Penge East Railway Station
Penge East Railway Station is a nationally-listed Grade ll building and one of the most beautiful buildings in Penge. Historic England includes it in a list of several Grade ll listed buildings in the area. In June 2017, Penge East was named one of the top ten train stations in South London.
Built in 1861/63, on the Chatham mainline, and paid for by the London, Chatham and Dover Railway, with influences of the Gothic revival and William Morris’s art nouveau designs in its architecture, the building heralded the coming of modern transportation. It had a grand opening, as was the custom in Victorian times, on July 1st, 1863. The Gothic and art nouveau influences can be seen in its angular doorways and windows and Tudor influences in its tall chimneys. Similar use of red brick, yellow stock and windows and doorways with ‘pointed heads’ in the Gothic style can be seen at the (much grander) St Pancras railway station in central London, designed by William Henry Barlow, and opened five years later in 1868.
The design, by LCDR architect John Taylor, is congruent with the Gothic and Tudoresque influences in other Penge buildings such The Royal Watermen’s Almshouses (1840/41), The Royal Naval Asylum (1848) and St John the Evangelist church (1850/51). Historic England notes ‘the yellow stock brick, limestone and glazed tiles dressings’, ‘the red brick cornices at the gables’, and ‘the sashes with their pointed heads to upper lights’ as well as the decorated chimney stacks. The ambitious and trendy designs speak volumes about the upwardly-mobile plans for Penge in mid-Victorian times.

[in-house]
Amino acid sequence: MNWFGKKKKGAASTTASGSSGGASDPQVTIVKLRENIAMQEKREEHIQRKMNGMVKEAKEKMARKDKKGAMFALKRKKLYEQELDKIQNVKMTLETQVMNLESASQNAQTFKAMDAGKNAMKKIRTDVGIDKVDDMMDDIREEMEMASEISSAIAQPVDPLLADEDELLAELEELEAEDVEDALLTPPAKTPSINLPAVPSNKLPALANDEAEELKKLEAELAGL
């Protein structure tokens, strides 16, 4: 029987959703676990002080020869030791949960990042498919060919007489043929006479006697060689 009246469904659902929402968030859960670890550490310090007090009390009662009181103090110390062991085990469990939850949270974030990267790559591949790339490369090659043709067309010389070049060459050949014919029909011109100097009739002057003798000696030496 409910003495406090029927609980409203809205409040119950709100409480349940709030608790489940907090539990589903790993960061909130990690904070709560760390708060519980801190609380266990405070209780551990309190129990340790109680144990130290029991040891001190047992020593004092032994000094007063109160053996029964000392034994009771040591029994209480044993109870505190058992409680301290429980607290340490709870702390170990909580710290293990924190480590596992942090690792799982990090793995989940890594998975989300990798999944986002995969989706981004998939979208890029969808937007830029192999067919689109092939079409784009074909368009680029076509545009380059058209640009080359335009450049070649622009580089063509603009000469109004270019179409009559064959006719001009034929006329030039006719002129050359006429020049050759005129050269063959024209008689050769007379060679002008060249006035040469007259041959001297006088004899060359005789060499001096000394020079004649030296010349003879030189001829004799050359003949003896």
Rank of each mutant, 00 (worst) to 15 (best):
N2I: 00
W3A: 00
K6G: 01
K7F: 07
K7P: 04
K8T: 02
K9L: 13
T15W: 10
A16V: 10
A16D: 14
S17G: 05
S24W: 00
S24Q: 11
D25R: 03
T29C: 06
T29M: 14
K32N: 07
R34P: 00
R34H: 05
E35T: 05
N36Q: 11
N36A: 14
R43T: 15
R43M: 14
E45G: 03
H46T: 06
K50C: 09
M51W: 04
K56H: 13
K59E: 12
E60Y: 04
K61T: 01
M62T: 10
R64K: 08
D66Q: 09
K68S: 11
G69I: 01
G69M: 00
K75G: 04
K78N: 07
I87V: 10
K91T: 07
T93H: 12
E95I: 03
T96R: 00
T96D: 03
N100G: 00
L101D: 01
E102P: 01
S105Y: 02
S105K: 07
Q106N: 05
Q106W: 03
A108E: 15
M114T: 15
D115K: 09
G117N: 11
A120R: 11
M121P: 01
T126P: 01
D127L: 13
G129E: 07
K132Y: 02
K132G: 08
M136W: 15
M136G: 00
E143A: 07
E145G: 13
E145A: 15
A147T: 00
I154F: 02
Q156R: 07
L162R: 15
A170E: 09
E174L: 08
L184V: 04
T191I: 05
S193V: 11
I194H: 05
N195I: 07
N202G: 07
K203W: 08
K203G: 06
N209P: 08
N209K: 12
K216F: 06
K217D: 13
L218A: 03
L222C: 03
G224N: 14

The corrugated-iron covered walkway over the station is also a locally-listed structure and was built in 1880. Previously there was a level crossing and the station was called Penge Lane Station. Sheep would be herded across the line on their way to Penge Common. The level crossing closed in 1879. The station was renamed Penge East Station on 9 July, 1923.
The crossing-keeper’s cottage dates from 1863, the year the station was opened. A blue plaque is proposed for this fascinating symbol of past railway life.
The station-master himself cut a commanding figure until about 1950 and oversaw a staff of twenty. He was able to stop an express train at Penge East so that fog-delayed passengers could board and resume their journey. In those days, trains were steam-powered, the steam adding to the notorious London pea-souper smogs. The tunnel into which they disappeared and then emerged was engineered by Joseph Cubitt.
For further details on its official listing by Historic England, see: Historic England Listing
For details on Penge East as one of the top stations in South London: South London Club – South London Train Stations